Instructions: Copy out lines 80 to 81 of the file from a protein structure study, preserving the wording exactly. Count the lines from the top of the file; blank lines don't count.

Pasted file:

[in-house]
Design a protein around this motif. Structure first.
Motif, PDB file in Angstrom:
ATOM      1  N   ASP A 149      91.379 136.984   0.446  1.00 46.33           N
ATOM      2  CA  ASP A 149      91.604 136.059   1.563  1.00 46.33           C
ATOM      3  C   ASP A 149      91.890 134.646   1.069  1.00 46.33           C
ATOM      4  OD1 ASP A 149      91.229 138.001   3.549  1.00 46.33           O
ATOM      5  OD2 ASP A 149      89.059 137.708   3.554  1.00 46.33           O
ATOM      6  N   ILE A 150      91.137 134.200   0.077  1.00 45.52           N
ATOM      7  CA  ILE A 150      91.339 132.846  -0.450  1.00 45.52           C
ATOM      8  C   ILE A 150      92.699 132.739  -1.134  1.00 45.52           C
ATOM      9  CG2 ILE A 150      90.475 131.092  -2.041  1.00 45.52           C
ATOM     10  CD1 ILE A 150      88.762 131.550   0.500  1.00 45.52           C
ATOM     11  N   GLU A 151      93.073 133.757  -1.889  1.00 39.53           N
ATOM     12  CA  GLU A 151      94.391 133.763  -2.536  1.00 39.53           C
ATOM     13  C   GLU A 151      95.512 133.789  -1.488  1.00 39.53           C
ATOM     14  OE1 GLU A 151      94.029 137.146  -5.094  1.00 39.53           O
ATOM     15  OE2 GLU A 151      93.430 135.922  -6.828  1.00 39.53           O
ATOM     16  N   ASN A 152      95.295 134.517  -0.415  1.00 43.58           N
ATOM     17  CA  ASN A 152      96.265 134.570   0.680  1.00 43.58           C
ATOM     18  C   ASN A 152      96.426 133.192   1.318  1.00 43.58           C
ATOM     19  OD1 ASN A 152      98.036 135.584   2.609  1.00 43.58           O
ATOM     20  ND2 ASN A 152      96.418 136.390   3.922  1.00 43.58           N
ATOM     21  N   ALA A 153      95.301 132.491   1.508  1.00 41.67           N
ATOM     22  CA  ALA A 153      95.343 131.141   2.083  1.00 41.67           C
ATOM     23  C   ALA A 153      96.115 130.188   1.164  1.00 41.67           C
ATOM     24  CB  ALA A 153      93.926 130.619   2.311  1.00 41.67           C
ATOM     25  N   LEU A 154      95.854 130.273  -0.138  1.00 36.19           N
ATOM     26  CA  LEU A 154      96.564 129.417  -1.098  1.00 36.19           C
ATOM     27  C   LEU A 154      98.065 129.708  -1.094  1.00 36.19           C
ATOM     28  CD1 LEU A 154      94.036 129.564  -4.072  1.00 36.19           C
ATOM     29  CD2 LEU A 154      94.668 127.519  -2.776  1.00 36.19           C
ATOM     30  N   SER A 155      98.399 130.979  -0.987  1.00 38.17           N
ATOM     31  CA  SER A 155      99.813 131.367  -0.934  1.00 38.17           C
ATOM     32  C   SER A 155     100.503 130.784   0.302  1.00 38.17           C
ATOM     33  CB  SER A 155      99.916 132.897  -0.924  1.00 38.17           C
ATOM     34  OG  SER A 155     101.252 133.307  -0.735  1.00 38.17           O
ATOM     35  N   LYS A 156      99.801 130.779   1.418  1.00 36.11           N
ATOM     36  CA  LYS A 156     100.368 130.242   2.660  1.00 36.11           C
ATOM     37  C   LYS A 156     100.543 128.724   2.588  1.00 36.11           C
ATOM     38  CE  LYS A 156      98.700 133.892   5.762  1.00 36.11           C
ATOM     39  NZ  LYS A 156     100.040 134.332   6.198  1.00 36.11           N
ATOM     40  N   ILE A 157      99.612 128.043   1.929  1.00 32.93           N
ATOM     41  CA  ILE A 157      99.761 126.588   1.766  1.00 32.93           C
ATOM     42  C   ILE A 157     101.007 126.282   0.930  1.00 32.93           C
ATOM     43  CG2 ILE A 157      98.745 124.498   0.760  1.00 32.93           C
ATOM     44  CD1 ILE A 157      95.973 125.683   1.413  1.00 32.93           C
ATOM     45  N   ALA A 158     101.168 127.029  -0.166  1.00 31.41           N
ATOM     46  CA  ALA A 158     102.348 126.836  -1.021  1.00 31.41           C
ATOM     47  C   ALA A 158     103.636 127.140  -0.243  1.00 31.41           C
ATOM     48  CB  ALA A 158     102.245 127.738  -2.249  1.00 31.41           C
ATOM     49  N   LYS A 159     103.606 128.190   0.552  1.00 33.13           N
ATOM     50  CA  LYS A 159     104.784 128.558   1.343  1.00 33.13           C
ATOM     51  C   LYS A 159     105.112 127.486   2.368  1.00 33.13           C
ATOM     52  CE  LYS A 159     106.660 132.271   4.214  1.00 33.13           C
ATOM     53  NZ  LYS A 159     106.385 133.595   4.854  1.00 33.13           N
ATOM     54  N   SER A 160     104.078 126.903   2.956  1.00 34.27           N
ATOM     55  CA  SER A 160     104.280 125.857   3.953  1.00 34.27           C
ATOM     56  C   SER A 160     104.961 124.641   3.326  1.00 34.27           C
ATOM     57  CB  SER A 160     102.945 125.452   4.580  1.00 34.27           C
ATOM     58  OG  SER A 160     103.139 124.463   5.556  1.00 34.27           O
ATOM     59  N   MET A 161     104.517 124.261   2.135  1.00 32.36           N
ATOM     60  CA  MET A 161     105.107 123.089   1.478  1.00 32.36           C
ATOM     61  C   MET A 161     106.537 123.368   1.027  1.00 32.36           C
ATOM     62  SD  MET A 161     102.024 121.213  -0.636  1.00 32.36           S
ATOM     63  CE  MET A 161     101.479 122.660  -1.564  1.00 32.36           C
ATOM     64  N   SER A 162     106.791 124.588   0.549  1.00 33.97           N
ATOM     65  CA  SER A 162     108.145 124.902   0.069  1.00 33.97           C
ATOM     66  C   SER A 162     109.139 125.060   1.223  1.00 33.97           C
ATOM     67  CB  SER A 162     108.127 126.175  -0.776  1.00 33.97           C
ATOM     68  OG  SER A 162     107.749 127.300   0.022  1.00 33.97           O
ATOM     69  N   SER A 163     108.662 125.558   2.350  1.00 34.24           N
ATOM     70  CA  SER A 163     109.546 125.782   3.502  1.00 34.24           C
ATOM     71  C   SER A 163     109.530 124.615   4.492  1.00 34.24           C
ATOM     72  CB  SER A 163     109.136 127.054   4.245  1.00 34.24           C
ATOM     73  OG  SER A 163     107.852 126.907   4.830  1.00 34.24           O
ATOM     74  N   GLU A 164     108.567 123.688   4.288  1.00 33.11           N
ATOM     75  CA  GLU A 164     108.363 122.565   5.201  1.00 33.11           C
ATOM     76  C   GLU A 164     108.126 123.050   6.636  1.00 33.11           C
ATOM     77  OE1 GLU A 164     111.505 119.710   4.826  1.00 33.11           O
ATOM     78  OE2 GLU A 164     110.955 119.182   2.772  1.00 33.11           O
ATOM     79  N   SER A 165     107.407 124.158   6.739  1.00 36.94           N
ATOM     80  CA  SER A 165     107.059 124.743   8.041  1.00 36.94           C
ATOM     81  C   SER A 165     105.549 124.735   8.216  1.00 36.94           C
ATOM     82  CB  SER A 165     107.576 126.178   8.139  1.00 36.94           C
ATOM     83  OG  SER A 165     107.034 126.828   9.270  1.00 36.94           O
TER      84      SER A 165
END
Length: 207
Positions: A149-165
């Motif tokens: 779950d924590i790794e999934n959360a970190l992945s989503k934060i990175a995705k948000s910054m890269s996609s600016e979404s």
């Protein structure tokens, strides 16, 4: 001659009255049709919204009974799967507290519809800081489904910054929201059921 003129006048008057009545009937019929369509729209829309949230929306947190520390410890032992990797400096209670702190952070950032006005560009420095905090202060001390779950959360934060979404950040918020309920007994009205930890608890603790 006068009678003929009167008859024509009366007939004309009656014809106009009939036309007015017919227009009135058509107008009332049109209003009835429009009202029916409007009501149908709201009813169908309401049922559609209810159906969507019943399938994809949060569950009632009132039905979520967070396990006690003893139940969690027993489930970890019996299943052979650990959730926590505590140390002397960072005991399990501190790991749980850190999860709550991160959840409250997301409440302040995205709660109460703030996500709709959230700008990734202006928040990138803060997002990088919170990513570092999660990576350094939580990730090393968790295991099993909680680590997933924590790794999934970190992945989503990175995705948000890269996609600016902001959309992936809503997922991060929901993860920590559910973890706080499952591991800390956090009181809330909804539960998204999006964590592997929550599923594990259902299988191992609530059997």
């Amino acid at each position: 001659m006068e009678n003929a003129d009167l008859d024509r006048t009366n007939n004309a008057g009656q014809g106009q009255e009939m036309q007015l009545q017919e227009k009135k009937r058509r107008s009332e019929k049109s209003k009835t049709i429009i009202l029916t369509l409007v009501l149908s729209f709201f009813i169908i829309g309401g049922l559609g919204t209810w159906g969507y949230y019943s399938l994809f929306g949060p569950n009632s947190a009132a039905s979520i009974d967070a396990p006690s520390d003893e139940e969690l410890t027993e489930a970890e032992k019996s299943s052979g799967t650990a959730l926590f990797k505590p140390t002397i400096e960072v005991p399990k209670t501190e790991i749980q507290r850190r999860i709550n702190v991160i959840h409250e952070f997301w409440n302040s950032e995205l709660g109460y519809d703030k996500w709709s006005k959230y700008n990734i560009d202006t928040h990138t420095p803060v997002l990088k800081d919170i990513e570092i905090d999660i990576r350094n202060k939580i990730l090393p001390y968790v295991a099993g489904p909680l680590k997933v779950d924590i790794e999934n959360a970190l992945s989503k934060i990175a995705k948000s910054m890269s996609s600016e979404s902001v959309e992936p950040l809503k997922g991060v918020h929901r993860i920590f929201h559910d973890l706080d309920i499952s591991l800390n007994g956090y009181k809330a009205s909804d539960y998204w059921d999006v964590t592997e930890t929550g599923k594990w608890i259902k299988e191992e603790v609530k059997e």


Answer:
ATOM     77  OE1 GLU A 164     111.505 119.710   4.826  1.00 33.11           O
ATOM     78  OE2 GLU A 164     110.955 119.182   2.772  1.00 33.11           O